#63/111: Fish!

What is it about?

You are now in charge of a team of discouraged people and your job is to increase their productivity. What would you do? Mary Jane, the fictive new manager, has gone to a fish market and learned why you can be productive and happy despite having a exhausting job.

What can I learn?

Choose your attitude: You chose your future and how you will experience it. If you truly decide to be energetic, you will be energetic. If you decide to be depressed, you will be depressed. You decide how you see the world.

Play: Work don’t have to be exhausting and depressing. Try to include some fun. You can make games out of the most boring activities. I have once worked on a really boring assignment where I had to check about 10,000 addresses per hand. I created some goals and tried to get faster from hour to hour. It wasn’t the greatest game ever played but at least I had some fun.

Make their day: Do something that will WOW others. You have always the opportunity to be outstanding. Can you finish a project sooner than announced? Can you do something remarkable for your customers? Just think and let your mind flow. I’m sure you know something.

Be present: There’s a Zen lore where a pupil asks his master why he is so happy. And the Zen master answers: “When I eat, I eat. When I walk, I walk. When I sleep, I sleep.” When I heard this the first time I thought that it was obvious. However, it isn’t. The key is to be present and do one thing. Don’t play with your kids and talk to the phone. Don’t read a book and watch TV.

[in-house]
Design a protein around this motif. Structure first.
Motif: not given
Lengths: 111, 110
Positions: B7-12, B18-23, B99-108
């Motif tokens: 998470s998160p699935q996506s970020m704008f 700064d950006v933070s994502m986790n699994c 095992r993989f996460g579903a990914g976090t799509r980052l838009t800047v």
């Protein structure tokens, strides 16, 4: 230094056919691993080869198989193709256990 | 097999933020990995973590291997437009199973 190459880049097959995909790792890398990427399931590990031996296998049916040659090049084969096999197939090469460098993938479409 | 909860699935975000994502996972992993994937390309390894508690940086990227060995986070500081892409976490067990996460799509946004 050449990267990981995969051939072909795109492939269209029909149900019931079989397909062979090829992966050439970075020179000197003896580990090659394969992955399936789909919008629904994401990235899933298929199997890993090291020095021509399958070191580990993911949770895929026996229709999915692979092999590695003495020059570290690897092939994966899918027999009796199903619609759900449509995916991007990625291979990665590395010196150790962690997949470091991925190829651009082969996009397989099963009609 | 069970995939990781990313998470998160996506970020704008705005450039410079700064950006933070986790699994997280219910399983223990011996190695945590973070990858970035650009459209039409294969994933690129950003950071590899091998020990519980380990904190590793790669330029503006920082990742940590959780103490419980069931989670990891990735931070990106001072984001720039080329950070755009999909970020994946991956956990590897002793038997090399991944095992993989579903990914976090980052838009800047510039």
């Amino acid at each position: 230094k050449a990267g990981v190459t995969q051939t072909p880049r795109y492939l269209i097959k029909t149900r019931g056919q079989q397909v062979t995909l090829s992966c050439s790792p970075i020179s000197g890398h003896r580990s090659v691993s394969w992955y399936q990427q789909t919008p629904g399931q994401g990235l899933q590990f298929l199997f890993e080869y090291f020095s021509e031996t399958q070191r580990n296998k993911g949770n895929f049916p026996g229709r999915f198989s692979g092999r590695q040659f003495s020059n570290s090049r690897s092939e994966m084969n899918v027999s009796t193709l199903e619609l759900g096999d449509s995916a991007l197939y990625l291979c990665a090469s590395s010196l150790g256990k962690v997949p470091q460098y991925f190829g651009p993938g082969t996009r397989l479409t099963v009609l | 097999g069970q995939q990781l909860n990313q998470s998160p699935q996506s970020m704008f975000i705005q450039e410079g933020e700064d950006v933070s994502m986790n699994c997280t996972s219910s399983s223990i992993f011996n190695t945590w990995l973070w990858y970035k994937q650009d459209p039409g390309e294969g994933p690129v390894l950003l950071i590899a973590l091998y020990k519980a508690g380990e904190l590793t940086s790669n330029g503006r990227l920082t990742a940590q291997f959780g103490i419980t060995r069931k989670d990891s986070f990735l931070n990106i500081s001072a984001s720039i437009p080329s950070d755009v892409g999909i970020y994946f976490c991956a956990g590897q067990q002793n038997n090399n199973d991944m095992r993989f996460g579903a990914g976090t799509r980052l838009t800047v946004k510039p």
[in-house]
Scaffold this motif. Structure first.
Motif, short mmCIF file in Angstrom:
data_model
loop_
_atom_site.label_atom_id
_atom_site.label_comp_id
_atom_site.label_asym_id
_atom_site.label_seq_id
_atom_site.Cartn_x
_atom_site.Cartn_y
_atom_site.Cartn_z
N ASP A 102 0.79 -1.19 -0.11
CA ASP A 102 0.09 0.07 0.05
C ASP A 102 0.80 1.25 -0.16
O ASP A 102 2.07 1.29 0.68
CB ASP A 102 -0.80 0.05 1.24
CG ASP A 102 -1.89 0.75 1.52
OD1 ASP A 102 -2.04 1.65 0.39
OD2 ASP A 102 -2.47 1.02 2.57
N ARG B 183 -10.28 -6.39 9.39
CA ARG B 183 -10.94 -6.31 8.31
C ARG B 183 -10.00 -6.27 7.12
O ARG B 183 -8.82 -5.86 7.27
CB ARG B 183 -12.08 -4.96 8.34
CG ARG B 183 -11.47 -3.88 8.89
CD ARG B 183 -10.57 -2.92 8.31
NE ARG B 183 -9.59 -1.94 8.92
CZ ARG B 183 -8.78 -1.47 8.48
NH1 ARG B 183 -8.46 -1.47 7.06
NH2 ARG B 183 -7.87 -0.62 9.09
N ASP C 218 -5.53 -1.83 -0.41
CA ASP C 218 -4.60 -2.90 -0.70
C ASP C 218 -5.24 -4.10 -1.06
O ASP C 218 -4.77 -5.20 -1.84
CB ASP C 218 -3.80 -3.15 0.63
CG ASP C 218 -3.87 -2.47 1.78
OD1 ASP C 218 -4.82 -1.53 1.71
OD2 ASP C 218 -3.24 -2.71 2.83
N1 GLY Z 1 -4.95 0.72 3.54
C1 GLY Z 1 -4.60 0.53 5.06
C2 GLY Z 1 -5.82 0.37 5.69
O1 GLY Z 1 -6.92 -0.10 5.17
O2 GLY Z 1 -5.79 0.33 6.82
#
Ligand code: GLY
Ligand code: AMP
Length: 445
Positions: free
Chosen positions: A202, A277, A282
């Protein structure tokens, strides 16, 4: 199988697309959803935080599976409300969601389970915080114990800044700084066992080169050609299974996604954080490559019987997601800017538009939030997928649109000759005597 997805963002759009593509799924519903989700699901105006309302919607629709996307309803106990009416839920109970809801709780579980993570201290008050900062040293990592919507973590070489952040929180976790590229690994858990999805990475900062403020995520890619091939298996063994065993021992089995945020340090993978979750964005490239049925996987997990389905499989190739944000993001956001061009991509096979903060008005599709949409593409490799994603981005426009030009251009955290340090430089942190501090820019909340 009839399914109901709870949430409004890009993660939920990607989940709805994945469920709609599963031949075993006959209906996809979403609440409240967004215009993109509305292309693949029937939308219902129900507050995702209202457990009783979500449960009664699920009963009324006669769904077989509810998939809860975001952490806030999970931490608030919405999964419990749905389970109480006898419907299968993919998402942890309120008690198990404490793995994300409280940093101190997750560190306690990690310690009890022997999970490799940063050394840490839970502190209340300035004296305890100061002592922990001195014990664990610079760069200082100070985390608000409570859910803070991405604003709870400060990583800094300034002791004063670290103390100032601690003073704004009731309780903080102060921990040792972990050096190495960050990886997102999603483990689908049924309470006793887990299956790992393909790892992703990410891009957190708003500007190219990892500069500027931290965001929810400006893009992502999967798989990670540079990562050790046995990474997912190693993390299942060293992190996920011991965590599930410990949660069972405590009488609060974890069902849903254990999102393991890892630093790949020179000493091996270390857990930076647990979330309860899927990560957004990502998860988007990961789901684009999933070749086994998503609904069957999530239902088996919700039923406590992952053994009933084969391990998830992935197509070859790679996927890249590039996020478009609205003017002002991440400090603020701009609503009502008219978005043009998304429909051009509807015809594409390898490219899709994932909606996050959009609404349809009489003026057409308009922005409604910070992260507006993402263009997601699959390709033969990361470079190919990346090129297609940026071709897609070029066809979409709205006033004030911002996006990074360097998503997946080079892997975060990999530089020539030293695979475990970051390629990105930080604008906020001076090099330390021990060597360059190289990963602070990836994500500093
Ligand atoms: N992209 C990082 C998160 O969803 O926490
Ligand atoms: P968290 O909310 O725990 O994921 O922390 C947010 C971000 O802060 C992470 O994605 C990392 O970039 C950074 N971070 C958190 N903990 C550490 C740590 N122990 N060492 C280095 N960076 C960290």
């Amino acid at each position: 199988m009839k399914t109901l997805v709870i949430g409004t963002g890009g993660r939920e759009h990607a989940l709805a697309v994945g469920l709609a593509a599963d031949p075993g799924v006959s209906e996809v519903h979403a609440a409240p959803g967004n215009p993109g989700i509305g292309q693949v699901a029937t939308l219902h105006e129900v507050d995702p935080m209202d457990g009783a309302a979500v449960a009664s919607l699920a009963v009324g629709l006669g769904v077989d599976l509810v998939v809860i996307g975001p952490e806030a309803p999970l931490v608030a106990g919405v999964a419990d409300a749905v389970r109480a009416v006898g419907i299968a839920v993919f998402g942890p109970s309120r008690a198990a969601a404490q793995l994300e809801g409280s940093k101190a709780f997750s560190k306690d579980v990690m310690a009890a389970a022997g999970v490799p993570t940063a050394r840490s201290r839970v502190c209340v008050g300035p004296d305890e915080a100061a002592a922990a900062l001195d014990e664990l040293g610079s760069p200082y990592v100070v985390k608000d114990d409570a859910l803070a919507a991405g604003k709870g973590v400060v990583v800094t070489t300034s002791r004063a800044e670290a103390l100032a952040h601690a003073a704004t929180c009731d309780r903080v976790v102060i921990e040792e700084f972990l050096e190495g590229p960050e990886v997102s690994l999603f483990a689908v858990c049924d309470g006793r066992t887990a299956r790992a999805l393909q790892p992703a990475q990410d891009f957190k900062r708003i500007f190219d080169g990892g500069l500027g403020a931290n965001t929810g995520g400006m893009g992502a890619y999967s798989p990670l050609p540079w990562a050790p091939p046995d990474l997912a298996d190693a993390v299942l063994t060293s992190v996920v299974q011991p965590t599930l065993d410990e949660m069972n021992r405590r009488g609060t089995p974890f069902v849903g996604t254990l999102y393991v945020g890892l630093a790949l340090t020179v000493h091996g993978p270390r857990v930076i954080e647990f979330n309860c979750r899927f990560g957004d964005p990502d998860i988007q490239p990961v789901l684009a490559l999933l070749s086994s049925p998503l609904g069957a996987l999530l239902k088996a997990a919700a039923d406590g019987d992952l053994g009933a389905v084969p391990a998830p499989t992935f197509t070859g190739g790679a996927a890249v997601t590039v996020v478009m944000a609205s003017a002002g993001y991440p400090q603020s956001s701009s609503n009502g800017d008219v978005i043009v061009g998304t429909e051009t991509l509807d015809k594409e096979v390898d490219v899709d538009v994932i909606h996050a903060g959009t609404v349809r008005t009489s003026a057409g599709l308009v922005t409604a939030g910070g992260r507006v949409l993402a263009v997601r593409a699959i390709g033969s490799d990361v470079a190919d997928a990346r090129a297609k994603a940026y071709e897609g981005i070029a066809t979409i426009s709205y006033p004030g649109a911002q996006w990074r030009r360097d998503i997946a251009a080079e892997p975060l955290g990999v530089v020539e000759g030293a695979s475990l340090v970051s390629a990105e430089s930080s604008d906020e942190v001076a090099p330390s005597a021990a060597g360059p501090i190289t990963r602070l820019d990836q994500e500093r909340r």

Fish! is a nice book in an unusual setting. It’s really short, i.e. you can read it in 60-90 minutes. I don’t really have anything to criticize but also I’m not overly impressed. However, these principles are really valuable and if you haven’t implemented them yet, you probably should read this book and start making your life more livable.

Things of interest: Calculators

531-8008 by minusbaby

What have bliss, googol, eggshell and oilhole in common? Think of your days in school where you got your first calculator. Right, you can write these words with it.
I asked myself in these days: “How many words can you write on it? And which are they?”
While I was browsing on Flickr for a picture with data and numbers I saw one with these “calculator words”. So, I decided to write a program to find them. This program is written in Python and uses the two megabytes (it’s small) NetBSD word list.

words = open("/usr/share/dict/words").readlines()

def is_good(char):
   chars = ['b', 'e', 'g', 'h', 'i', 'l', 'o', 's']
   if char not in chars:
       return False
   return True

def bad_word(word):
    for char in word:
       if is_good(char) == False:
           return True
    return False

for word in words:
    word = word[:-1] # strip "n"
    if bad_word(word) == False:
        print word

Together with this program I created a list which contains words which are writable on a calculator and theirs encodings in digits.

def to_digit(char):
    table = {'o': '0',
             'i': '1',
             'e': '3',
             'h': '4',
             's': '5',
             'g': '6',
             'l': '7',
             'b': '8'}
    return table[char]

def to_calc_word(word):
    out = []
    for char in word:
    return "".join(out)